Syria said on Wednesday it would not tolerate terrorism after an armed group set off a bomb in the tightly controlled capital’s diplomatic quarter and four people died in ensuing gunbattles.
Syrians were shocked by the unprecedented strike near the heart of an autocratic state which has long kept an iron grip on internal security and tolerates no political dissent.
After four men set off a car bomb outside an empty former U.N. building in the upmarket Mazze suburb on Tuesday evening, security forces gave chase and killed two attackers and wounded two, who were detained, state agency SANA said.
A policeman and a woman bystander were also killed in ensuing .
Calm returned to the well-guarded district on Wednesday. Cars near the charred four-story building were gutted. Glass shards were strewn outside shops near the Canadian embassy.
State media said the attack had crossed a red line.
“The whole region is living with terrorism...the most dangerous of which is Israeli state terrorism,” said a front-page editorial in the state-run Al-Baath newspaper.
“But the more important fact is that security and stability in Syria is the reddest line of all.”
Security forces stormed a building used by the gunmen and found arms and explosives, state television said, showing footage that included rocket-propelled grenades.
A Syrian government official told Dubai’s Al Jazeera television the cache was small and the armed group “very limited in number” but bent on destabilizing Syria.
“They wanted to give the impression that there is no area or place safe from these acts, particularly since Syria has been enjoying a state of stability,” said spokesman Ahmad al-Haj Ali.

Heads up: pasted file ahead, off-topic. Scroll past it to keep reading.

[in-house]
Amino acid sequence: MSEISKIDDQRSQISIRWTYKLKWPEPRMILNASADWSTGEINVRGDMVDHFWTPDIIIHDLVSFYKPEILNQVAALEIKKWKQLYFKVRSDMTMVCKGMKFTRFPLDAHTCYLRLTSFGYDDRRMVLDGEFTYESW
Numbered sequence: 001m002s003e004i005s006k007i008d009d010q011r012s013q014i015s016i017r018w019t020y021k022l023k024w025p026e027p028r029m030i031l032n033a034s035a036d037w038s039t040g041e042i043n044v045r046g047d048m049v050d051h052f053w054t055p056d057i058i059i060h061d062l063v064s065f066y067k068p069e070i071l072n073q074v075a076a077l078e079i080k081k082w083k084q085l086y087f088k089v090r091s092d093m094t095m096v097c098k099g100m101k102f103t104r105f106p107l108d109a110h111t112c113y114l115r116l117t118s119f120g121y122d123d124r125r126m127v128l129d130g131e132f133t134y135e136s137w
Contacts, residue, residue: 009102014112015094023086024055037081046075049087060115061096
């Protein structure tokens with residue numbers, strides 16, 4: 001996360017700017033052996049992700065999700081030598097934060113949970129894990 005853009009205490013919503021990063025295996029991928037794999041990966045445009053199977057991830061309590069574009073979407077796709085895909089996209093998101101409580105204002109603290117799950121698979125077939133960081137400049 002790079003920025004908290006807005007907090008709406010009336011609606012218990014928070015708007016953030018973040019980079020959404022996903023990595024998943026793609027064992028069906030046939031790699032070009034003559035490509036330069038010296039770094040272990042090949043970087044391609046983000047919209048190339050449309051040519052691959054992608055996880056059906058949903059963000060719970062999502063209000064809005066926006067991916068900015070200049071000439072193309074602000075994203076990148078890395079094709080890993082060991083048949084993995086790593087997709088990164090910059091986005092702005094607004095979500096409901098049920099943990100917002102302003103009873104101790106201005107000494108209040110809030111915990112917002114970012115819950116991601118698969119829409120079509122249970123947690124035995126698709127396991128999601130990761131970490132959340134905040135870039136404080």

The bomb was close to the Canadian and Iranian embassies and the British ambassador’s residence. The U.S. embassy, in a different part of Damascus, said it would be closed on Wednesday and urged Americans to stay home.
Regional chaos fuels attacks
“The Syrian Arab Republic, which has confronted terrorism in all its forms for more than a quarter century, condemns this terrorist act,” SANA quoted the Interior Ministry as saying.
“It reiterates its steady position in confronting any terrorist acts that aim to shake security and stability.”
Syria, ruled by a rival faction of the Baath Party toppled in Iraq, cracked down ferociously on Islamist insurgents in the early 1980s, crushing an Islamist uprising in the city of Hama.
With the exception of unrest in remote Kurdish areas last month, it has seen little violence in the four years since Bashar al-Assad succeeded his late father Hafez, who ruled Syria with an iron fist for three decades.
The United States accuses Syria of sheltering “terrorists” and of failing to stop foreign fighters crossing into Iraq.
But Syria says it has done its utmost to control the border and has helped the United States in its “war against terror.”
“It is difficult to maintain 100 percent security in a tense and inflamed region, amid occupation, state terror, war crimes and violations of people’s freedom, rights and independence,” al-Baath said. “But all Syrians intend for security to remain their priority and are ready to defend (it) to the death.”
Heavy security was in place throughout the city and at the border with Lebanon overnight.
Dozens of Syrians gathered in the area soon after the clashes, holding up pictures of the president and hurling insults at the old foe, the United States.
In an interview taped before the attack and shown by Al Jazeera on Wednesday, Assad warned other countries about backing “terrorist groups.”
“Arab and Western governments hosted these forces and supported them. We advised them that these forces would turn against them and they would pay the price later,” he said.